“I owe a debt that cannot be repaid, but I’m going to spend the rest of my life repaying that.” – The Redemption Project
In a culture where the sins of a person’s past are leveraged against them as a constant reminder of the mistakes they have made, it’s refreshing to finally see a series that demonstrates the act of forgiveness — which seems to be lost in today’s society.
The Redemption Project with Van Jones explores the transformative power of grace and redemption in a profound way through the lens of the criminal justice system.
Offering a rare glimpse into the restorative justice process, each episode of The Redemption Project with Van Jones follows the victim, or surviving family members, of a life-altering crime as they journey to meet face-to-face with their offender in the hopes of finding answers or some sense of healing. Van Jones will serve as a guide and a conduit for the viewer throughout this transformational experience.
I had the pleasure of speaking to Van Jones, I spoke to him a while back about his work in the technology space, and it was great to catch up with him again on his latest effort with this new series. In conjunction with the show, Van Jones will host the CNN-produced podcast, “Incarceration Inc. with Van Jones”. Van Jones is the host of The Van Jones Show on CNN, he is also a social entrepreneur who has helped create organizations such as Color of Change, The Dream Corps, and he’s the CEO of the REFORM Alliance.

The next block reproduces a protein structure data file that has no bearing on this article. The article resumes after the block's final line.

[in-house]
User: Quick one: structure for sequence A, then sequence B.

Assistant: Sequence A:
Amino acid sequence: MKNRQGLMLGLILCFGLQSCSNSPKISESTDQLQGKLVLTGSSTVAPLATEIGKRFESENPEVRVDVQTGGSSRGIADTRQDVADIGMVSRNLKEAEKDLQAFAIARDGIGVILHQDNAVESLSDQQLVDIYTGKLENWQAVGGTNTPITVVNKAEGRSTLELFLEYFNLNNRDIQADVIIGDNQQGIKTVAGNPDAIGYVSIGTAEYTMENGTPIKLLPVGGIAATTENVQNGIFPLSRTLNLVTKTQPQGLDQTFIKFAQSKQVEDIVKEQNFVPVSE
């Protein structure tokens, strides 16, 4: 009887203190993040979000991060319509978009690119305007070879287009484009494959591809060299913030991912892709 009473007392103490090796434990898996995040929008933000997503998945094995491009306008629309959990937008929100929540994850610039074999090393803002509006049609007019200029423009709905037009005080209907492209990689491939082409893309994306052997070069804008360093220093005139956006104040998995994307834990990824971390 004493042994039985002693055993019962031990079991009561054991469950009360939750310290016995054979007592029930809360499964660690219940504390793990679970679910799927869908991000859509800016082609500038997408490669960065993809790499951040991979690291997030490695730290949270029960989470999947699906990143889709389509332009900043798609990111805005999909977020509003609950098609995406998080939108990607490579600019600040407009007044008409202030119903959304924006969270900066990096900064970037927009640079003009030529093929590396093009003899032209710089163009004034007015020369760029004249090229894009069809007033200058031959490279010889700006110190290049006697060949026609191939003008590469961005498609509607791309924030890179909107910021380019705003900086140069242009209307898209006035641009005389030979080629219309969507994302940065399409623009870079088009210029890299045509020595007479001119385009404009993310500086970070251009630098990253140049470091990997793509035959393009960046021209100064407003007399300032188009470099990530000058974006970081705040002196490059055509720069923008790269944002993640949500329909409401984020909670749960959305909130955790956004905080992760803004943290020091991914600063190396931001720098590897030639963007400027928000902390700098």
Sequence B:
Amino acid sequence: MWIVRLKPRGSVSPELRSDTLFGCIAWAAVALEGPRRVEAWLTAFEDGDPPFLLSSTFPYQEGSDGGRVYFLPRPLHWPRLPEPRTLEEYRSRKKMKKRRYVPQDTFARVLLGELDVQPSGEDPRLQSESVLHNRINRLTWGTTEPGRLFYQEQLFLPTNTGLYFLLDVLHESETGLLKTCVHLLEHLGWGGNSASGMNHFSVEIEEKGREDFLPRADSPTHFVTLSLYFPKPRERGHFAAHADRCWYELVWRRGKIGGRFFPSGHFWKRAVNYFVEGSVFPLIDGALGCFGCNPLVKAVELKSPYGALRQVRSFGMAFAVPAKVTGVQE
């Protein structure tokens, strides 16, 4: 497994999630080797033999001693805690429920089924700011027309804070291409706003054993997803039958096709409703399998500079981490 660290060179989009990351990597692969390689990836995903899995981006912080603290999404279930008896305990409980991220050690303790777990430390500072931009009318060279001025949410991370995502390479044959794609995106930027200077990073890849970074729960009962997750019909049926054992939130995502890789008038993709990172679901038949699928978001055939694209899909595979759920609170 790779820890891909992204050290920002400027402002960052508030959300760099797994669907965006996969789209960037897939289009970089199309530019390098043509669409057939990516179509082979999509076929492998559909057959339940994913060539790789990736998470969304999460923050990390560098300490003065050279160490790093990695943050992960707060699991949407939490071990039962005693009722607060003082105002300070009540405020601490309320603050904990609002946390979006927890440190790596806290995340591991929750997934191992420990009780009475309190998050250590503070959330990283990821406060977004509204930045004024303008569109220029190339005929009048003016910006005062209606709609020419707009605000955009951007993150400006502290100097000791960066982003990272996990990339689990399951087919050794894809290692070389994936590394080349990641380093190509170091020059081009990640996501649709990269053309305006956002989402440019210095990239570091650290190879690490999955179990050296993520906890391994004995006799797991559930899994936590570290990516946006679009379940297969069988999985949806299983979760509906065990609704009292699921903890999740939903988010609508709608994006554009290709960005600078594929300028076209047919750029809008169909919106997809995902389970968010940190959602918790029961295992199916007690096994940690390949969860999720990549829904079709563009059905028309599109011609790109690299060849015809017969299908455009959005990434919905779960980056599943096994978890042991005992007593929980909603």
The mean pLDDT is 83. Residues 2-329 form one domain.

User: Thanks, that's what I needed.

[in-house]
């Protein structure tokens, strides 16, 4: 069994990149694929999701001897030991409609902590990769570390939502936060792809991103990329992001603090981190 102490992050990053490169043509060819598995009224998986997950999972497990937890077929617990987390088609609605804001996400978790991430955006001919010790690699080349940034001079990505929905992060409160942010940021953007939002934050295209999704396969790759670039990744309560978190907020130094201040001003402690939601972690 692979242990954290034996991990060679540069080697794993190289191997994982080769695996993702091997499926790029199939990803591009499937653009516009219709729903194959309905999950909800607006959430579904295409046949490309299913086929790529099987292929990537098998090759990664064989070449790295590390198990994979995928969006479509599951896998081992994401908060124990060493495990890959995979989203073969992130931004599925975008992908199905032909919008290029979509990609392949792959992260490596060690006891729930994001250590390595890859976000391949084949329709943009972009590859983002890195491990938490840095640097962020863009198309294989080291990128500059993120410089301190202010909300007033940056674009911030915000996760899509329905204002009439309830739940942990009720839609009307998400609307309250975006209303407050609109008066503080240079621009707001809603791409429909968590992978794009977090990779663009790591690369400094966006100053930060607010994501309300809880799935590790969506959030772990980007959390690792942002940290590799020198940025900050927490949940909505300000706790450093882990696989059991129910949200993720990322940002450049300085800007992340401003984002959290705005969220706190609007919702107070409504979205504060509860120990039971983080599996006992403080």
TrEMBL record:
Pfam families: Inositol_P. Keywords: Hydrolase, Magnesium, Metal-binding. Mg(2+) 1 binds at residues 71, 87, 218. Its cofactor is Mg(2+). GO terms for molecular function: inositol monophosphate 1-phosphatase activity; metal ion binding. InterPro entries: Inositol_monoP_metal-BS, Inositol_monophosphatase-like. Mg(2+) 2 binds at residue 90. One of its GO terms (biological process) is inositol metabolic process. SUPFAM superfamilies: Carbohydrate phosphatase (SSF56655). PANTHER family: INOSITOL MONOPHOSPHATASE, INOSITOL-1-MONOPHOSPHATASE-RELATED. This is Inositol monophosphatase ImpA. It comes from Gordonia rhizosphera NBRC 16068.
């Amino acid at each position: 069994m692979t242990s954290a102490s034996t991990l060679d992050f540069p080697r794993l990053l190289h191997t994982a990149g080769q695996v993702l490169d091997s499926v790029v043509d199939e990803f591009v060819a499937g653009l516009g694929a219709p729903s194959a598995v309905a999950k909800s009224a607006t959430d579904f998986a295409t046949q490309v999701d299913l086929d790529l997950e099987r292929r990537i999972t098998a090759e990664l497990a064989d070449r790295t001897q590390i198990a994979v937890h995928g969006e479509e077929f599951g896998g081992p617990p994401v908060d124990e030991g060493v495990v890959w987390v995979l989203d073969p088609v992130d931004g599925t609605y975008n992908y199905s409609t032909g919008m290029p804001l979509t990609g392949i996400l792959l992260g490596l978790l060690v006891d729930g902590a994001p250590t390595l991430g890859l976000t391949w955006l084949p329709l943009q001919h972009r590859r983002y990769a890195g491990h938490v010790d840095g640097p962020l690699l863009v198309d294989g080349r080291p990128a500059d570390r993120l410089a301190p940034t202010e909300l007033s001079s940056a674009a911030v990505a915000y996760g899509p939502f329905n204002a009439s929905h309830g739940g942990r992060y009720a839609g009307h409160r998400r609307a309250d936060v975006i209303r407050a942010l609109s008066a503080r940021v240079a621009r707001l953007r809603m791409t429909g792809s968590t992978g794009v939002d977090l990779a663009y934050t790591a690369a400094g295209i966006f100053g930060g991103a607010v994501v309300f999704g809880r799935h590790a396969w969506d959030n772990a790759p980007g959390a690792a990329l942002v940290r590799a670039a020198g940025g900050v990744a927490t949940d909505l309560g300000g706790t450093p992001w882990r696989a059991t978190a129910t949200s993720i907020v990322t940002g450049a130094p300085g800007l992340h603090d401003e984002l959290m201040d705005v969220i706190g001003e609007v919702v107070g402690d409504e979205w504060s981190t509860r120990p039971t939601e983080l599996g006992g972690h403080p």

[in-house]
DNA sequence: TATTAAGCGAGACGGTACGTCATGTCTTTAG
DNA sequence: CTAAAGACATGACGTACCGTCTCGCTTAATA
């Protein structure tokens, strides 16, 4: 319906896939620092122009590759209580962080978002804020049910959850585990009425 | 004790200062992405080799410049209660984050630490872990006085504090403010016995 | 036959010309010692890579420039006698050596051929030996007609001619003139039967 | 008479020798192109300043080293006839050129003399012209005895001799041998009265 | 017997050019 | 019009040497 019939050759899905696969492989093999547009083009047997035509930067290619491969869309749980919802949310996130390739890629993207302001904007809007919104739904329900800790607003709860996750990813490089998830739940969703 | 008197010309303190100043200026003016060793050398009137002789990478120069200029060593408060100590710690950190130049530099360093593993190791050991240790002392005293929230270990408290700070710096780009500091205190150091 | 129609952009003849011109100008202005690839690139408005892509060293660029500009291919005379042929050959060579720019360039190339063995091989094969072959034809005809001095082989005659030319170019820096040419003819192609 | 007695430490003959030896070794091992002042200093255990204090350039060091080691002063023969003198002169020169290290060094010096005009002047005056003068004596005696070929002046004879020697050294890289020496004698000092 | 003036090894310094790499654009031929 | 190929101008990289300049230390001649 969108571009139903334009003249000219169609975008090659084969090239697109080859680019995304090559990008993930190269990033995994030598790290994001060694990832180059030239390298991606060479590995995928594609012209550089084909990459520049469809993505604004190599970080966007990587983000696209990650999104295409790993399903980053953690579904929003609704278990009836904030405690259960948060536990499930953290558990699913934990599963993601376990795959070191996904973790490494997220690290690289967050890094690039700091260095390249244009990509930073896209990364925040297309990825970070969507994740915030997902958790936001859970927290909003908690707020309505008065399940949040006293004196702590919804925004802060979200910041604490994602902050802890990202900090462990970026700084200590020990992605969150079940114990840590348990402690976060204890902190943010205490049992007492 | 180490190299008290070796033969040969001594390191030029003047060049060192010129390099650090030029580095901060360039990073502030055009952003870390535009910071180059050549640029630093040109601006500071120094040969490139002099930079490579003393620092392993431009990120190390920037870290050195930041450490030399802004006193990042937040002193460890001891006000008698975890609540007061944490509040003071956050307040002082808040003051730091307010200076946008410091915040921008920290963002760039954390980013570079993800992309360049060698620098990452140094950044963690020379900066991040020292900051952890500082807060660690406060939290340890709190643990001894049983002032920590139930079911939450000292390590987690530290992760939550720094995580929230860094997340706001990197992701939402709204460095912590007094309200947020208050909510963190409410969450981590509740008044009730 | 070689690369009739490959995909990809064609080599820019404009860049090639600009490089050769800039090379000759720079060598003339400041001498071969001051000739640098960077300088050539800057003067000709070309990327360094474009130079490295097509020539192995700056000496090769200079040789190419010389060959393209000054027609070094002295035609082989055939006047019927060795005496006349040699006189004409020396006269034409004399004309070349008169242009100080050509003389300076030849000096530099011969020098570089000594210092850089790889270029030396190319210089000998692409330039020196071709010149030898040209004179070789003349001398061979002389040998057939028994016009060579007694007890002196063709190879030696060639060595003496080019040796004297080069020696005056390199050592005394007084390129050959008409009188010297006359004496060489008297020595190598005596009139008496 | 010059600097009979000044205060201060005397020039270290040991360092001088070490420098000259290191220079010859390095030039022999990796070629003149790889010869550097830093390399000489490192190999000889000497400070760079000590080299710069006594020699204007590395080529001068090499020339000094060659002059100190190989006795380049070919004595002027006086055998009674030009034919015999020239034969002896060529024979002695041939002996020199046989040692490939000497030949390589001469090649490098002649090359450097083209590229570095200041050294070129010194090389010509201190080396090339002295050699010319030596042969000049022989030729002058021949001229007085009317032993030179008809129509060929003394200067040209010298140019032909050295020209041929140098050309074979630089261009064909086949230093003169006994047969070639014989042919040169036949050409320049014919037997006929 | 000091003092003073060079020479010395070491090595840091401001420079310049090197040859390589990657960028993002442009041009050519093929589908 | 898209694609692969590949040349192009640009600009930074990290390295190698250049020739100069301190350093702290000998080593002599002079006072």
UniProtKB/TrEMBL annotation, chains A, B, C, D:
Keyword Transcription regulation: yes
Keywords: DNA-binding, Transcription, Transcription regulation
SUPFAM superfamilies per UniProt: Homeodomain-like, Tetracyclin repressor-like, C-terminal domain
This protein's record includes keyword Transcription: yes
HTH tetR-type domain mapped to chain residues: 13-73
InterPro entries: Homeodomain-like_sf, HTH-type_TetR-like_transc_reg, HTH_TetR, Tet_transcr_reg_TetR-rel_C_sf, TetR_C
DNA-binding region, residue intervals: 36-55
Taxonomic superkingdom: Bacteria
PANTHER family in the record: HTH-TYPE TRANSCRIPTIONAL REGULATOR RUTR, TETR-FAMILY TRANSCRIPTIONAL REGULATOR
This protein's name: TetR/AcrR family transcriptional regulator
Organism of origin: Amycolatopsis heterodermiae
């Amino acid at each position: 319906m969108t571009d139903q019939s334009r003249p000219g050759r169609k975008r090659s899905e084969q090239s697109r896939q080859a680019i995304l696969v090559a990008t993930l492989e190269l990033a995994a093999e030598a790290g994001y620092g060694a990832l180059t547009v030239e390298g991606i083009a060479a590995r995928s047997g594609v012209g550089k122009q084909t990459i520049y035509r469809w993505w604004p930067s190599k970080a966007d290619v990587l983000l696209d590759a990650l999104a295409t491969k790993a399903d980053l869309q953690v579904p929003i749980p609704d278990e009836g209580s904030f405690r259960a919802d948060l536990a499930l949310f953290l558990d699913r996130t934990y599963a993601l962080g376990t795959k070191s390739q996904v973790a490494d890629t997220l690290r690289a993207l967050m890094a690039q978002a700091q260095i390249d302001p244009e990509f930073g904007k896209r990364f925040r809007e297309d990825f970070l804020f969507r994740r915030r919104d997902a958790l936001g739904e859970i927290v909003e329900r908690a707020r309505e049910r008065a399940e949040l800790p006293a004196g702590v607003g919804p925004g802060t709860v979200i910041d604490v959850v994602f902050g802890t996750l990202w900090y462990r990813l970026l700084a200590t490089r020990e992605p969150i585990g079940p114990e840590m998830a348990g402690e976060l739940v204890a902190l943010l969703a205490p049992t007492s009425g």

What led you and your team to create the CNN series, The Redemption Project?
The Redemption Project is an unusual piece of television, in that it’s not the classic true crime stuff and trying to figure out who done it and that kind of thing. We already know who did it. We’re talking to eight people who have done really bad things who want to make amends. And then we talk to the person who they hurt or the surviving family member sometimes 10, even 20 years later, and there’s been no healing. And then we film those two people sitting down and talking with each other face-to-face, sometimes almost knee-to-knee, talking to each other about what happened.
I also at a macro level, I have just been watching just grace and empathy and forgiveness and kindness just exit the culture. It is no longer fashionable, it is no longer trendy, it is no longer cool to be empathetic. It is trendy to cancel folks and block folk and tell folk a thing or two, and I just don’t think that that’s what we were sent here to do. I don’t think God put us here to be in a constant food fight and getting clicks and likes based on how mean we can be.
I saw an opportunity to put some medicine back in the culture to show people engaging in Olympic levels of moral courage really on both sides. To go and sit down and talk with somebody who took your child’s life or who permanently injured you, and on the other hand, can go and talk to somebody who you derailed or even ruined their lives and to take accountability and look them in the eye. It’s not a judge, it’s not a jury, it’s not a prosecutor, there’s no investigator, it’s just that human being and you in a room talking. It blew my mind. It changed me as a human being and I’m hoping it’ll be helpful to the country for CNN to put this in prime time as they’re going to do.